Some of us see a disconnect between supporting the child in the womb and also promoting gun ownership. Others see guns as precisely the best way to protect everyone.
Reactions tend to be knee-jerk, feelings run high and dialogue can be difficult to impossible. So Abigail Disney, producer and director of the recent documentary “The Armor of Light,” is to be roundly applauded.
The documentary features two figures on the opposite side of the gun divide.
The Rev. Rob Schenck is a Washington mover-and-shaker whose conservative, often Tea Party Republican constituents are almost uniformly against abortion and for the National Rifle Association.
“I’m an evangelical Christian,” he says. “That goes to the heart of my identity. The real organizing principle of my life has been the sanctity of life.”
In the early days of the movement, the commitment to non-violence was uppermost in his mind. But then some people appeared to have a very different set of principles. In 1986, Barnett Slepidian, an abortion doctor, was killed with a high-powered rifle by a member of the pro-life movement.
As founder of Faith in Action, a ministry that primarily serves Capitol Hill and the Federal government, Schenck “realized that if people under my spiritual care were capable of this, I was probably capable of this.”
In October 2006, he was called to the Amish community where eight schoolgirls, age 6-13, had been shot and killed by a deranged gunman. “The most moving part was going to the home of the shooter and witnessing the forgiveness.”
Then, in 2013, a lone gunman fatally shot 12 people at the Washington, D.C. Navy Yard — within sight of Schenck’s apartment. The incident nagged him, clawed at his subconscious.
Enter Lucy McBath, an African-American long-time Delta flight attendant and, like Schenck, a person of deep Christian faith.
Her son, Jordan Davis, was murdered at the age of 17 by an adherent of Florida’s stand-your-ground self-defense gun law. Jordan was unarmed.
In the aftermath, McBath’s whole focus became “missing Jordan and serving God.”
She became a passionate supporter of gun control. “We’re deceived into thinking we’re so powerful because we have something that will protect us,” she says. “We’ve replaced God with our gun as our protector.”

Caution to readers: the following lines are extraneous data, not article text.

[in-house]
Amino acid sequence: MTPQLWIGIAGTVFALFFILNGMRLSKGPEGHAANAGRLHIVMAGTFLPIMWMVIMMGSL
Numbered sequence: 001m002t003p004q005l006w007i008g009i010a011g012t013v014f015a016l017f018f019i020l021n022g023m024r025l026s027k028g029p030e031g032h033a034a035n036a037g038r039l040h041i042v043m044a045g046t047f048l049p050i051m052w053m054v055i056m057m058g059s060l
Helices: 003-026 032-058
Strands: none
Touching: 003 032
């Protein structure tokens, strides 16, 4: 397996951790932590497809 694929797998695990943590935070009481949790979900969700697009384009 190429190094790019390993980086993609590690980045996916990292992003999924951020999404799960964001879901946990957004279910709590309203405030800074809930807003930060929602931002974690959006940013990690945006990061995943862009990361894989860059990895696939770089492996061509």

McBath’s experience and witness helped move the Rev. Schenck past a point of inertia.
“This is not a political issue,” he realized. “When faith becomes inseparably linked to a political situation, in a sense we become vulnerable to selling our souls.”
So he began gently broaching the subject to his constituents — a move he knew could be career suicide.
The response was virulent and instantaneous.
“There is no greater freedom than the right to survive, to protect our family with all the rifles, shotguns and handguns that we want. “
“It’s not guns that kill people. It’s like outlawing automobiles.”
“There’s evil in the heart of man. If we take guns away, people are just going to kill each other with something else.”
To which Schenck asks: “So what we need is Jesus and the Gospels and a sidearm?”
He began to question the ethical ramifications of moving through the world in a constant defensive posture. He began to wonder, “How theologically correct is it to live in fear?”
As for Disney, a NYC-based documentary filmmaker, scholar, activist and philanthropist, “I spent years wrestling with how to make a gun film in this culture that actually makes a difference, that addresses our violent culture of war and death.”
“I wanted to find somebody in the committed pro-life world. I knew there’d be an honest broker, acting in good faith, who could help me understand.”
She and the Rev. Schenck were on opposite sides of many divides. Their initial approach was wary.
But they quickly realized they’d been raised with the same values. “We both valued history, tradition, authority. We both valued life, honesty, loyalty, generosity. Did we really disagree on all that much if we were willing to take guns out of the equation?”
They had rich, substantive conversations on the phone. They talked theology, life, non-violence, death. The Rev. Schenck talked about the gun issue in terms of the Second Commandment: “Thou shalt not make unto thee any graven image.” They discussed the fact that guns and the right to gun ownership can become idols.
In the process, they became close friends — an act of peace-making in itself.
Disney’s first documentary — “Pray the Devil Back to Hell” — was about the non-violent protests of the women of Liberia, who successfully organized for peace against the brutal dictatorship of Charles Taylor. “I’ve seen bravery,” says Disney. “I’ve seen courage. I’ve seen what women can do. If you give women permission to act, they will act.”
As if to underscore the point, near the end of the film the Rev. Schenck asks McBath if she has concerns for her personal safety. She replies: “If I have to give my life, if I end up giving my life to this cause, then that will be my life.”
“The Armor of Light” will air May 10 on PBS as part of a three-hour Independent Lens, to be followed by a live Town Hall moderated by NPR's Michel Martin.
Heather King is a blogger, speaker and the author of several books.